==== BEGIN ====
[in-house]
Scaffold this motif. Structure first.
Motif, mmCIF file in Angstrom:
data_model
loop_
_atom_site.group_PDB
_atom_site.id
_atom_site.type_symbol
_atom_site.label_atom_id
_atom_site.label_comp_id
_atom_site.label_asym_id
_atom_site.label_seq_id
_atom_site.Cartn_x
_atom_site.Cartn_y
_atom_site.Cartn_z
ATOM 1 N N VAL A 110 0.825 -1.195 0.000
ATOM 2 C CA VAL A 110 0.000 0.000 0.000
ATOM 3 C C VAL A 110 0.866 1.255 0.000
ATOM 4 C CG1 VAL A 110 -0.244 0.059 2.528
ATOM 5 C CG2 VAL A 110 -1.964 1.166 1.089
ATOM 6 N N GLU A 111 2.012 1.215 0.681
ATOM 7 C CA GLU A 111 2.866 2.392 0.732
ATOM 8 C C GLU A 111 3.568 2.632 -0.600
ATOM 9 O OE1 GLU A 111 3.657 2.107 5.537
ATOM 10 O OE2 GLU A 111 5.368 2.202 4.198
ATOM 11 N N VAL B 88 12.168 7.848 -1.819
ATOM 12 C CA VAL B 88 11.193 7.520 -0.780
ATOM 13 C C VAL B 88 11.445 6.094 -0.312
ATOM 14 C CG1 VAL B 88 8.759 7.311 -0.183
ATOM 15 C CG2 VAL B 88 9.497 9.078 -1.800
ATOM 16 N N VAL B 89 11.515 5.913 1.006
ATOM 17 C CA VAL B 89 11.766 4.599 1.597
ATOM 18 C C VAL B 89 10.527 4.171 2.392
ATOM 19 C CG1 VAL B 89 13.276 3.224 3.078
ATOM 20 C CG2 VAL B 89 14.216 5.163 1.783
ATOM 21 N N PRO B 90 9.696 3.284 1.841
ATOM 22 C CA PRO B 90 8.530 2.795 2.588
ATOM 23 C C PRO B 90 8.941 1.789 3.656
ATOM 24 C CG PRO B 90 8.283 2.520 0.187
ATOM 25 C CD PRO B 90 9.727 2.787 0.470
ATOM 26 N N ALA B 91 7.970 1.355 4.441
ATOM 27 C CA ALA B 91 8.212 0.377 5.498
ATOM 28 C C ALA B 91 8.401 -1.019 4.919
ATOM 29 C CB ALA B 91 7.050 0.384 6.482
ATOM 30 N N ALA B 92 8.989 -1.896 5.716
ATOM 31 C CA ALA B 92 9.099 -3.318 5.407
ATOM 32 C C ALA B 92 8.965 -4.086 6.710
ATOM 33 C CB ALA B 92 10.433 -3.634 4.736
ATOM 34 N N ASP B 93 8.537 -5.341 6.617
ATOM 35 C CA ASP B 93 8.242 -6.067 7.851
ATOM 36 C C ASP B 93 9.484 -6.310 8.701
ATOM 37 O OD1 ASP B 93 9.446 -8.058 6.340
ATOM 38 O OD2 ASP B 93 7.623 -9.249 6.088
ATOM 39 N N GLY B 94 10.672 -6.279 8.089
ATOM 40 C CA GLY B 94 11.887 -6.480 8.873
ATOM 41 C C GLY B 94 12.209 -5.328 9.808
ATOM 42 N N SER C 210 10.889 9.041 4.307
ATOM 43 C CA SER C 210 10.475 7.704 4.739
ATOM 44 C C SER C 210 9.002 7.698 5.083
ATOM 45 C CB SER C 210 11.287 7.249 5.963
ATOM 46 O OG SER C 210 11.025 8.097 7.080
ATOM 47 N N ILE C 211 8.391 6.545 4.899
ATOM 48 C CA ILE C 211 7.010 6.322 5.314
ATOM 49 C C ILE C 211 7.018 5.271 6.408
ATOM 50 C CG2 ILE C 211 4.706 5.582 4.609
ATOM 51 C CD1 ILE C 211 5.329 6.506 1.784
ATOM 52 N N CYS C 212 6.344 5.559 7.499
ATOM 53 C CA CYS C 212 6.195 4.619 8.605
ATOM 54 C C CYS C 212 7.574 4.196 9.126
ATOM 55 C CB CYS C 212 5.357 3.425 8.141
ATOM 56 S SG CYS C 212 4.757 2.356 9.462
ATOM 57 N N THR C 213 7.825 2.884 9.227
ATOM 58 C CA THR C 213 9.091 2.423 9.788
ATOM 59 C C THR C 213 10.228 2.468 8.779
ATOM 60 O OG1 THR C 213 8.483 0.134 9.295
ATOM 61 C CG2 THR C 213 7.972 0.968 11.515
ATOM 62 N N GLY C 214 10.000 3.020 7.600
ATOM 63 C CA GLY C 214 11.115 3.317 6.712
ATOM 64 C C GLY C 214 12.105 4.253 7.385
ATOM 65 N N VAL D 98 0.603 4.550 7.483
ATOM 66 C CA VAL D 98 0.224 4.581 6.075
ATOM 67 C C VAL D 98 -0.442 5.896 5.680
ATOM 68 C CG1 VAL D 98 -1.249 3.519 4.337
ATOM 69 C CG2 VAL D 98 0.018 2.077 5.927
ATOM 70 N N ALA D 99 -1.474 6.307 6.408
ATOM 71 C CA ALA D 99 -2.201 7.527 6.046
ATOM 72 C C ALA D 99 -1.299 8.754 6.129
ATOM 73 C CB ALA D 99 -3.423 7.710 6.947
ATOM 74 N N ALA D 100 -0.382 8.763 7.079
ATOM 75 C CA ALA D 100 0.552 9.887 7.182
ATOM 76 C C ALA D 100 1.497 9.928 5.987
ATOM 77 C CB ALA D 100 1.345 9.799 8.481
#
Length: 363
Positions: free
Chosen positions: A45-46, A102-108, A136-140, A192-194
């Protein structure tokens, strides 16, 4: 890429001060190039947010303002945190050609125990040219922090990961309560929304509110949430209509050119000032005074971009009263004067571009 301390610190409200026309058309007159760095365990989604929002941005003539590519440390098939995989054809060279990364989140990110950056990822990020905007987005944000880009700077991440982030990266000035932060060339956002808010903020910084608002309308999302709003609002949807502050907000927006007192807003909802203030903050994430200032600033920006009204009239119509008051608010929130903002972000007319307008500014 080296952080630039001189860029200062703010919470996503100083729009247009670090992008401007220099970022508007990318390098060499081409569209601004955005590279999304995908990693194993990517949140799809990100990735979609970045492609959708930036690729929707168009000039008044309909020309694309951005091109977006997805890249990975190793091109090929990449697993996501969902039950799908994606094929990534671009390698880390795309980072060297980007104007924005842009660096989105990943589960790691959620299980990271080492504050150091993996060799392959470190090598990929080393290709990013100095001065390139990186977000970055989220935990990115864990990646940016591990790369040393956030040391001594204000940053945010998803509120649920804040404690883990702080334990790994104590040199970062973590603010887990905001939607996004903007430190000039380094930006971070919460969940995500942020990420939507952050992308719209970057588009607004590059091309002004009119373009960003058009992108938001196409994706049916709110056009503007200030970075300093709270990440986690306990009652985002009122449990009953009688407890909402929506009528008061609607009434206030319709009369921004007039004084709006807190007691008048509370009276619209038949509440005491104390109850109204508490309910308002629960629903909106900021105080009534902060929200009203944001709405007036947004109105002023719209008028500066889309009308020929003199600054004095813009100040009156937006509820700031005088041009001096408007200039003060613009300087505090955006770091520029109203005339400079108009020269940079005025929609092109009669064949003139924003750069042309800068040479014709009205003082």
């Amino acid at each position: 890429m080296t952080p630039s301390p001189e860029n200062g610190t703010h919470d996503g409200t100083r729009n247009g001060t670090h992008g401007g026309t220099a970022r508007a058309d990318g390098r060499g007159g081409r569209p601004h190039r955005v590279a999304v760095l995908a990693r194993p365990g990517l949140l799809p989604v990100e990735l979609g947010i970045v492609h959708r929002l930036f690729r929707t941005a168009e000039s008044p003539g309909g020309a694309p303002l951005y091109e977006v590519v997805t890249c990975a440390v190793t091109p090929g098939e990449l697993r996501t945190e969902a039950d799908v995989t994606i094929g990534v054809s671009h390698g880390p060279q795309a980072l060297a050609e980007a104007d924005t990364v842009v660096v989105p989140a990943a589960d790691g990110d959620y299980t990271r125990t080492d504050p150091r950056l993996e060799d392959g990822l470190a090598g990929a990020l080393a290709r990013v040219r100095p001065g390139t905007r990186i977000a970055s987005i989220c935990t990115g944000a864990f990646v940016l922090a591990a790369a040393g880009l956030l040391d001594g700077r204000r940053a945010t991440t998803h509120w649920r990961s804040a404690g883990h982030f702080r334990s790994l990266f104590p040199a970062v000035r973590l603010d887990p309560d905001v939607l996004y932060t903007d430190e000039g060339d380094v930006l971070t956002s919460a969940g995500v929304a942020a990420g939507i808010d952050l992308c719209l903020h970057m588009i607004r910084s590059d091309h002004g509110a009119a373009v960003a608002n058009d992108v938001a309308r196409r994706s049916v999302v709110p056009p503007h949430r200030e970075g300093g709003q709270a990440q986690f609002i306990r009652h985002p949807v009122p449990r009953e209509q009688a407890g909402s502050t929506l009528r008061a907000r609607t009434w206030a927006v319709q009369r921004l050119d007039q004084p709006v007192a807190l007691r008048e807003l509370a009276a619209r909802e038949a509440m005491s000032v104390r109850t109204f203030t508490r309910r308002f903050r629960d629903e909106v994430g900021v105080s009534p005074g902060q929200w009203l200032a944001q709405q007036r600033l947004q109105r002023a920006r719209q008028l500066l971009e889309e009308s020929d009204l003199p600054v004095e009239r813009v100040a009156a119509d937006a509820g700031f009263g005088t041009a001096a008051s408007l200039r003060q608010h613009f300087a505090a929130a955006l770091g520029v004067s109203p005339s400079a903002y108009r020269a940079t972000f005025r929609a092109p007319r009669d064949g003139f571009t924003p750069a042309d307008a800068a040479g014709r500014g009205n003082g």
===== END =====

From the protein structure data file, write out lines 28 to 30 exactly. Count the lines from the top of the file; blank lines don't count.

ATOM 13 C C VAL B 88 11.445 6.094 -0.312
ATOM 14 C CG1 VAL B 88 8.759 7.311 -0.183
ATOM 15 C CG2 VAL B 88 9.497 9.078 -1.800